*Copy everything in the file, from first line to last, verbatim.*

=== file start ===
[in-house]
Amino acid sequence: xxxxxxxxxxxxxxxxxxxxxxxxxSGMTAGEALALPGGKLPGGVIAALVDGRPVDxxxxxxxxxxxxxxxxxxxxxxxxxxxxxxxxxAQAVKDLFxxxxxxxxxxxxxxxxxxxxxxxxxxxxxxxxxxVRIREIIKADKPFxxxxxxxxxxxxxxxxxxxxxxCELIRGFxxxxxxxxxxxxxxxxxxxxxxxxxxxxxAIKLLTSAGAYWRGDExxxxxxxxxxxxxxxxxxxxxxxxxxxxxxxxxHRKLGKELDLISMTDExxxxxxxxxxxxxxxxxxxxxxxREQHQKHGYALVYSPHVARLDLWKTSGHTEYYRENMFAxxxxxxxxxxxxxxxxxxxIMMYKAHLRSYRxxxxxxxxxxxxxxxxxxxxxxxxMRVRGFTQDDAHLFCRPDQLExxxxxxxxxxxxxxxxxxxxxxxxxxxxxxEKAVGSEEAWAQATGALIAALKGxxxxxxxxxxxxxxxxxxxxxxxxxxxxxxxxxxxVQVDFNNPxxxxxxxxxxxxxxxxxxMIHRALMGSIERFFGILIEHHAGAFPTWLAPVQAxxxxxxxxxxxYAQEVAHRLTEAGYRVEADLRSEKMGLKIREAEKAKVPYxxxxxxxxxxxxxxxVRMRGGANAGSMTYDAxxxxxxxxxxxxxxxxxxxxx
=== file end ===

[in-house]
Amino acid sequence: xxxxxxxxxxxxxxxxxxxxxxxxxSGMTAGEALALPGGKLPGGVIAALVDGRPVDxxxxxxxxxxxxxxxxxxxxxxxxxxxxxxxxxAQAVKDLFxxxxxxxxxxxxxxxxxxxxxxxxxxxxxxxxxxVRIREIIKADKPFxxxxxxxxxxxxxxxxxxxxxxCELIRGFxxxxxxxxxxxxxxxxxxxxxxxxxxxxxAIKLLTSAGAYWRGDExxxxxxxxxxxxxxxxxxxxxxxxxxxxxxxxxHRKLGKELDLISMTDExxxxxxxxxxxxxxxxxxxxxxxREQHQKHGYALVYSPHVARLDLWKTSGHTEYYRENMFAxxxxxxxxxxxxxxxxxxxIMMYKAHLRSYRxxxxxxxxxxxxxxxxxxxxxxxxMRVRGFTQDDAHLFCRPDQLExxxxxxxxxxxxxxxxxxxxxxxxxxxxxxEKAVGSEEAWAQATGALIAALKGxxxxxxxxxxxxxxxxxxxxxxxxxxxxxxxxxxxVQVDFNNPxxxxxxxxxxxxxxxxxxMIHRALMGSIERFFGILIEHHAGAFPTWLAPVQAxxxxxxxxxxxYAQEVAHRLTEAGYRVEADLRSEKMGLKIREAEKAKVPYxxxxxxxxxxxxxxxVRMRGGANAGSMTYDAxxxxxxxxxxxxxxxxxxxxx